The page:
The Associated Press
An airliner from Asia was briefly halted on a tarmac in San Jose, Calif., yesterday – the most dramatic sign yet that a mysterious illness blamed for more than 60 deaths worldwide is provoking worry in the United States.
As it turned out, none of the five passengers who caused concern among the flight crew had the disease.
Seventy cases of the illness, severe acute respiratory syndrome, called SARS, are suspected in the United States, but no one has died. Worldwide there are about 1,800 cases.
The California airport incident was the first time a plane has been stopped in the United States for fear of passengers spreading the disease. Some passengers and health officials called it an overreaction.
U.S. health officials are not considering quarantines so far because the disease is not spreading as rapidly as in Asia and the related outbreak in Toronto.
In Hong Kong, for example, some 240 residents of an apartment complex where SARS has spread were taken away to quarantine camps yesterday. But such measures don’t yet appear warranted in the United States, said Tommy Thompson, secretary of the U.S. Department of Health and Human Services.
“We are in the business of protecting the public health of all citizens,” Thompson said yesterday in Atlanta. “If there is a virus that is explosive … and the only way to control it is by quarantine, we have to consider it. But we’re not there yet.”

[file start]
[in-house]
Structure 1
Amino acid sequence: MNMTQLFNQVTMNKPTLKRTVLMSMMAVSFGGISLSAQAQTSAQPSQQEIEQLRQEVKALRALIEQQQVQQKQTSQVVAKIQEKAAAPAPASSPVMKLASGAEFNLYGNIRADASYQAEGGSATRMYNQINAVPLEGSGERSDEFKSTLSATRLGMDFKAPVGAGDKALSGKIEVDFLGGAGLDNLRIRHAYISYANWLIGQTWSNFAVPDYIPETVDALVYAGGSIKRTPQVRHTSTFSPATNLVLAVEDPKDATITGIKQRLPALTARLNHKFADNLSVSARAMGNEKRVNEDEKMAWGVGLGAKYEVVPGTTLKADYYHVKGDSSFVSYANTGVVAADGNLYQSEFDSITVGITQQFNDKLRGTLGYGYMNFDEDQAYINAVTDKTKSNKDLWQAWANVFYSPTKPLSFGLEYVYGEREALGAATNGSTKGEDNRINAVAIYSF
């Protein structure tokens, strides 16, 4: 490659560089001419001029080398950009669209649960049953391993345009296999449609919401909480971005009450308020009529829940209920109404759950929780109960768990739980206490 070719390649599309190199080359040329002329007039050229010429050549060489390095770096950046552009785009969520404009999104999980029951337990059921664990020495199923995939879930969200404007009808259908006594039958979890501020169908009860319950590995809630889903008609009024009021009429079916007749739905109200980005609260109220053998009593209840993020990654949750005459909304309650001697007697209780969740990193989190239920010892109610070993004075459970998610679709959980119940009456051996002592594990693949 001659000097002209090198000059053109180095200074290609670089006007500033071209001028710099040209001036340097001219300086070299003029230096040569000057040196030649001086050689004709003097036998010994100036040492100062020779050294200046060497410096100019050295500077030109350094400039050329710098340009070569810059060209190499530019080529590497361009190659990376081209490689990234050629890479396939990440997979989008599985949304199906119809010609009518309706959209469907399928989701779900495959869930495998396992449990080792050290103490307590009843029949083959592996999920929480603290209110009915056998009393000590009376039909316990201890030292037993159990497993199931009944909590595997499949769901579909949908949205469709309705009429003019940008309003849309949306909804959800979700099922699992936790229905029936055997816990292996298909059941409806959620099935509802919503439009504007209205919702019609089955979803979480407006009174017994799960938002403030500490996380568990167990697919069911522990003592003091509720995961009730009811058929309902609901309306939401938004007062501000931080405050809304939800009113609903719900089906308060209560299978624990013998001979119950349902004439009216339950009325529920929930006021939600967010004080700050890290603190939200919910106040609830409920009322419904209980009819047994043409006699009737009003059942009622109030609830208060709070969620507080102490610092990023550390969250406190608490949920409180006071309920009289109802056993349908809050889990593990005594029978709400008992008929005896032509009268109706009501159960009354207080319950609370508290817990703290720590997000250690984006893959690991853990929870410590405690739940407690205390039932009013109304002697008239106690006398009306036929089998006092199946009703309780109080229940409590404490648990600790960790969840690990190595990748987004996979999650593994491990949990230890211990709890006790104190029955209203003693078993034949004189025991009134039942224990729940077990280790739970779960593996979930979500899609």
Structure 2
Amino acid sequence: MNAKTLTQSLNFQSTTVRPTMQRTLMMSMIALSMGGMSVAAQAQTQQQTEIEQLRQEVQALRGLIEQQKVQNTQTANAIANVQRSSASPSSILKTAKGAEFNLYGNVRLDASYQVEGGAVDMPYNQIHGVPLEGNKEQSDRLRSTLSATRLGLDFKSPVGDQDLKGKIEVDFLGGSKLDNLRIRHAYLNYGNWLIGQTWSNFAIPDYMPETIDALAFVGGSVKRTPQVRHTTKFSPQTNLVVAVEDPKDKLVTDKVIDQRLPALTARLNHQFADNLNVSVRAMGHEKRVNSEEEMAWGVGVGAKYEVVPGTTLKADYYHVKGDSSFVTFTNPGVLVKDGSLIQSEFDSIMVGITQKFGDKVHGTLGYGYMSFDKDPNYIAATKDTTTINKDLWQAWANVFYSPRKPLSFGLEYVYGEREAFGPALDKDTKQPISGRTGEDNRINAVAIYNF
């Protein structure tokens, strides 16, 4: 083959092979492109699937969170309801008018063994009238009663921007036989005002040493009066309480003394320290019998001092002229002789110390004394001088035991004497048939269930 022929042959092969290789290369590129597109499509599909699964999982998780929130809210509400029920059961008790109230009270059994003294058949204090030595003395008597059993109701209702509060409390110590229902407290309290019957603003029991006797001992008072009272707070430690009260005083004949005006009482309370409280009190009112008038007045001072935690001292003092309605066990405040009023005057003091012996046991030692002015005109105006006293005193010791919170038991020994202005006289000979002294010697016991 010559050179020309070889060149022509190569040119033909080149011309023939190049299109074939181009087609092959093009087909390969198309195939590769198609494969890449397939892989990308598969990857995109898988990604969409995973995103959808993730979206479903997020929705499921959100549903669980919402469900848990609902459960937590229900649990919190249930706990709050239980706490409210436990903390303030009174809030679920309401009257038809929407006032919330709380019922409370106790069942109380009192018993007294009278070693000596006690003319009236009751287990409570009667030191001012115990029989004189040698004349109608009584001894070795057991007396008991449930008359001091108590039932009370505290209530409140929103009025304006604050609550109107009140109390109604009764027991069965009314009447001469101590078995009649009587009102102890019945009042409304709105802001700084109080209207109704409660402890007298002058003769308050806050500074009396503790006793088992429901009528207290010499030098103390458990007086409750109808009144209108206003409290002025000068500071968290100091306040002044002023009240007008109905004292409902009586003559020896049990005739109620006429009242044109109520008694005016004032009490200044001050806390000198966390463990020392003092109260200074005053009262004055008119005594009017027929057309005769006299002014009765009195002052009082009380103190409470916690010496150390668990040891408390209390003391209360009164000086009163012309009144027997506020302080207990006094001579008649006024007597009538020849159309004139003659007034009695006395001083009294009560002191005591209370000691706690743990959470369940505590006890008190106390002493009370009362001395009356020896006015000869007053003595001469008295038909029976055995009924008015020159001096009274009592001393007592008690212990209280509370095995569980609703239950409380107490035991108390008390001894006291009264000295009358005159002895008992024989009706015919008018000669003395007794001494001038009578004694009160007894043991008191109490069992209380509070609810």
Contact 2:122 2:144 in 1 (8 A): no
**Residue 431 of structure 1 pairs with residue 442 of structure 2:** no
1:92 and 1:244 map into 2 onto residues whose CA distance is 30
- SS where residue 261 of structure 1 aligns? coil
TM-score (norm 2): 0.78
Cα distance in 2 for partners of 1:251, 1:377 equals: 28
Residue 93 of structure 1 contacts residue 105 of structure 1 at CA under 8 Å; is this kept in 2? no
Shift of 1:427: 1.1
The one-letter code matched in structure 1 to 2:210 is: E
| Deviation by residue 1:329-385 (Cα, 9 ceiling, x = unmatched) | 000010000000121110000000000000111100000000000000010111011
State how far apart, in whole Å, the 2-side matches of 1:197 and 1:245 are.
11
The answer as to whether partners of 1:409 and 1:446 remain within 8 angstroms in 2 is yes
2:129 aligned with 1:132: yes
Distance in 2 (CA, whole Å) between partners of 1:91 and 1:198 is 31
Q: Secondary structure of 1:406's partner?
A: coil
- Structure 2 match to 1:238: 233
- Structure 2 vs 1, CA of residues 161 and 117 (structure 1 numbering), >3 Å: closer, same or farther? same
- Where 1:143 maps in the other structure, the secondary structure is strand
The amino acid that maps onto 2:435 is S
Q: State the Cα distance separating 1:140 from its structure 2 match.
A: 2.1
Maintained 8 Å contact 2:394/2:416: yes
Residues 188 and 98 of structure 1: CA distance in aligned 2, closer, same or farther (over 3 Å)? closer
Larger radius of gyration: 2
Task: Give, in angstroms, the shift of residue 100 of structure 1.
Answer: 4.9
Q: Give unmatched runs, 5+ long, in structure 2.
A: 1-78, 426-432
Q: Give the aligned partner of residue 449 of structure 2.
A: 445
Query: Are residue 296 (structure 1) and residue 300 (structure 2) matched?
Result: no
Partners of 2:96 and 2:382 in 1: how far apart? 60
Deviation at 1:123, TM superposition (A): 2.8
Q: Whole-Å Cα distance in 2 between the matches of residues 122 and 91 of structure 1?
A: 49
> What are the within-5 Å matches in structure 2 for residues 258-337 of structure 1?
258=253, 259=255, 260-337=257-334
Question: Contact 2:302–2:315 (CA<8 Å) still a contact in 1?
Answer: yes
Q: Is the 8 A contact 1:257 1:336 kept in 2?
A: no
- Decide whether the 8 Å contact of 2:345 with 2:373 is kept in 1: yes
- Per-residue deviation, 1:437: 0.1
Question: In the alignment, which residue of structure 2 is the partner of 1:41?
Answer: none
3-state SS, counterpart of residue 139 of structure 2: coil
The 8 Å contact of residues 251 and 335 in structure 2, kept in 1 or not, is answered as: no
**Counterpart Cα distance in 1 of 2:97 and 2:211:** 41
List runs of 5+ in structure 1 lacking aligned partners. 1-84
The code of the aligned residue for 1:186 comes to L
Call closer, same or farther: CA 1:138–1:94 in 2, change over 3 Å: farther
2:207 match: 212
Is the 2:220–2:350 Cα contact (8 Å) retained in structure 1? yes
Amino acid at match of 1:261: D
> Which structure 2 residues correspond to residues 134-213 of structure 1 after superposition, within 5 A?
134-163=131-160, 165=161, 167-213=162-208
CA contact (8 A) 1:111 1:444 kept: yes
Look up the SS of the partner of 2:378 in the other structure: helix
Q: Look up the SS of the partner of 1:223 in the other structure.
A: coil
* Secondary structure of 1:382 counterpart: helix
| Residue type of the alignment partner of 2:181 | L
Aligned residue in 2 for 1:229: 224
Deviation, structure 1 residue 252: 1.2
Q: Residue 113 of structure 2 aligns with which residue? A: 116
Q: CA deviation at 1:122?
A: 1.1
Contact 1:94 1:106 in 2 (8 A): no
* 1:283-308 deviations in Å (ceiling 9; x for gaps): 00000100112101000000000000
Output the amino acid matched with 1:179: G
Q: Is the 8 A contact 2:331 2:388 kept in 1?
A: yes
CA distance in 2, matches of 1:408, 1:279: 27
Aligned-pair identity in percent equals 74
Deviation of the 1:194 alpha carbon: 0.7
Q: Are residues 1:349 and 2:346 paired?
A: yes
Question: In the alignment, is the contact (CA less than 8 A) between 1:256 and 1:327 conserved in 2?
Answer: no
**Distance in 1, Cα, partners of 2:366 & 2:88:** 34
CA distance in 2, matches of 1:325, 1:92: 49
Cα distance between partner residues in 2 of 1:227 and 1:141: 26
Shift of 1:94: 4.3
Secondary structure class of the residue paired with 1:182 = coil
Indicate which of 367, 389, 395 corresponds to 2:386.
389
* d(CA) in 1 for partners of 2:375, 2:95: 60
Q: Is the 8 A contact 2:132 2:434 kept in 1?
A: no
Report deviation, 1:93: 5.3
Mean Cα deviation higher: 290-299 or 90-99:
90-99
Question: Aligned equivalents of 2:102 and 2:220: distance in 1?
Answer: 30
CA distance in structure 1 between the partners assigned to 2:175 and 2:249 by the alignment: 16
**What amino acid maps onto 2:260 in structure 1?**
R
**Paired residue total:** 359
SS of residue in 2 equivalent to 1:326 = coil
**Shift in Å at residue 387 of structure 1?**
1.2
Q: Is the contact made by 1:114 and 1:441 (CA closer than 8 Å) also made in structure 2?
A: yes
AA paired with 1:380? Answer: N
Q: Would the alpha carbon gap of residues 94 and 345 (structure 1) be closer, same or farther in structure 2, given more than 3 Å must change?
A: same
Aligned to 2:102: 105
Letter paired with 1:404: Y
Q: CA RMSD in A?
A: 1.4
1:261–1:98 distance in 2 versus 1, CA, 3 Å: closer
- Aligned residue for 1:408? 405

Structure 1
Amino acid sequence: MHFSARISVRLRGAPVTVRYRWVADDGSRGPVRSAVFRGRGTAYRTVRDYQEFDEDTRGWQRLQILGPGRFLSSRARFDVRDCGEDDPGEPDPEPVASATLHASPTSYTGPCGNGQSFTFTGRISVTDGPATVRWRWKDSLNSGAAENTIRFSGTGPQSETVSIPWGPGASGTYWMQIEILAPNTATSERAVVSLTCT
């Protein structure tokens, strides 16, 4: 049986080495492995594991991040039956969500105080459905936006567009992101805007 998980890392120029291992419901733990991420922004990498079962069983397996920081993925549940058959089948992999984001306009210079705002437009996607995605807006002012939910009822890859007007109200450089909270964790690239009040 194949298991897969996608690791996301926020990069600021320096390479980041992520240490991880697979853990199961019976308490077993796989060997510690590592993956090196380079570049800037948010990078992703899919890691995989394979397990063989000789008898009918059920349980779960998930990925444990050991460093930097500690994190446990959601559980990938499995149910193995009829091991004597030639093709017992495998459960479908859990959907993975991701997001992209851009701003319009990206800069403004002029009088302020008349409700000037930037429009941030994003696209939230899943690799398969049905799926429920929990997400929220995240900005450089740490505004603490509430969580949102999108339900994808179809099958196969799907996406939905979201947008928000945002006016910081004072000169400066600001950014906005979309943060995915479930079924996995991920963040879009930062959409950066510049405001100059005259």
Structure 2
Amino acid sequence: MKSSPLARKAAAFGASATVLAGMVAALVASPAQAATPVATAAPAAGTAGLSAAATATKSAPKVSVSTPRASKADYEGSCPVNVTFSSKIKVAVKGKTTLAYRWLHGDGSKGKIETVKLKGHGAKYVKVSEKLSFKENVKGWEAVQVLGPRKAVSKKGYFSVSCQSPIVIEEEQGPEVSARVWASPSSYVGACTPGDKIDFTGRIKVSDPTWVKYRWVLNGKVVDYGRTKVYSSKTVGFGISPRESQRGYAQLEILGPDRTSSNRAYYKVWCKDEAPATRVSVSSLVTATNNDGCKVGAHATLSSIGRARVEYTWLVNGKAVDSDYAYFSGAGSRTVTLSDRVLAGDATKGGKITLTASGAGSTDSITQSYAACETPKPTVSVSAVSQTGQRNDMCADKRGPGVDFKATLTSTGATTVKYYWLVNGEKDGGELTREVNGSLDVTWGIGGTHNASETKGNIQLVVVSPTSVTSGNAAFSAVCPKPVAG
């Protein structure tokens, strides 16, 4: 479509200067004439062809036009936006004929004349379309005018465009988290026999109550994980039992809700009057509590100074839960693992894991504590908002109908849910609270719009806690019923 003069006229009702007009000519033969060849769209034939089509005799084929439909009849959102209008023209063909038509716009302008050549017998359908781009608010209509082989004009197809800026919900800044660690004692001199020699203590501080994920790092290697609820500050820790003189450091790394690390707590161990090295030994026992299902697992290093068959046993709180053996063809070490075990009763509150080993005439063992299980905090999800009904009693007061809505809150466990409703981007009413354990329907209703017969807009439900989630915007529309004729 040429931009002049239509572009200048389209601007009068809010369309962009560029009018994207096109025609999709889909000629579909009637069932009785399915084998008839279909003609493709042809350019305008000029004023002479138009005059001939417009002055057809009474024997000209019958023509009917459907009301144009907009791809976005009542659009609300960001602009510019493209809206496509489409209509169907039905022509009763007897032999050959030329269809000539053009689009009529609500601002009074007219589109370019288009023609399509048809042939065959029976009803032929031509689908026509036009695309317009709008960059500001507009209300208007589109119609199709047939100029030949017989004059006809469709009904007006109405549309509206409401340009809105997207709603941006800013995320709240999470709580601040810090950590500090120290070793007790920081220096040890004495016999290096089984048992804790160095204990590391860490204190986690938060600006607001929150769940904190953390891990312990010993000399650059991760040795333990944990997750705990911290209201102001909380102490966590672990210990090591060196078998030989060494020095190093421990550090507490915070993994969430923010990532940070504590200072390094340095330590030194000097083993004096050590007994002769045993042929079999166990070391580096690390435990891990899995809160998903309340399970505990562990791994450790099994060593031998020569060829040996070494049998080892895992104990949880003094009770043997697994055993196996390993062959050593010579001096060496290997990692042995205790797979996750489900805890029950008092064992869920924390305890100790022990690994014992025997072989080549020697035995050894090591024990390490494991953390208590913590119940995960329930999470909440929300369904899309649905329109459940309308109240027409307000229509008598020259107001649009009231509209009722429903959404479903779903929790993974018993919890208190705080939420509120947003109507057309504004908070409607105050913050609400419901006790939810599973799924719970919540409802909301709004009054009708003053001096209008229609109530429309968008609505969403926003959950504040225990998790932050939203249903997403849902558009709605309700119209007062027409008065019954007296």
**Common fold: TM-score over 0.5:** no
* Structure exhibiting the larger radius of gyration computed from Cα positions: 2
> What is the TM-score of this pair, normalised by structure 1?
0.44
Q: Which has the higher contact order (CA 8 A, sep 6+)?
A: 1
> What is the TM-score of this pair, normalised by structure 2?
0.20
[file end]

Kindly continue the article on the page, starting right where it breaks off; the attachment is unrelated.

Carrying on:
Health officials say there’s no sign that SARS is spreading freely throughout any American community. The disease, which originated in Asia, seems to be confined mostly to international travelers, to health care workers who have taken care of SARS patients, and to those in close contact with SARS patients.
They also say the SARS germ, not yet firmly identified, appears to spread mostly from droplets spewed out through coughing or sneezing. But it’s possible it might also spread more broadly by airborne transmission, or by lurking on surfaces like doorknobs that other people later touch, the experts said.
Short of quarantine, authorities around the country have taken other steps.
At the airport in San Jose, Calif., an American Airlines flight from Tokyo was held on the tarmac after the captain reported five people on board appeared to have SARS-like symptoms. The disease causes a fever, sometimes with chills, headache and body aches, and can lead to a cough and shortness of breath.
A man sitting near three of the passengers said they showed no signs of illness.
“It’s an overreaction of some sort,” said Bob Beom of Grants Pass, Ore.
Federal health authorities are handing out warning cards to travelers who arrive in the United States from Asia, including those who may just passed through infected countries.
The cards advise the passengers arriving by plane or by ship to monitor their health for at least 10 days because of possible exposure to SARS. “If you become ill with fever accompanied by cough or difficulty in breathing, you should consult a physician,” the card advises.
Airports aren’t the only places where SARS has prompted precautionary steps. Syracuse University in New York state cut short its semester-long study-abroad program in Hong Kong and called 31 students home yesterday. The university also has decided to cancel two upcoming summer programs.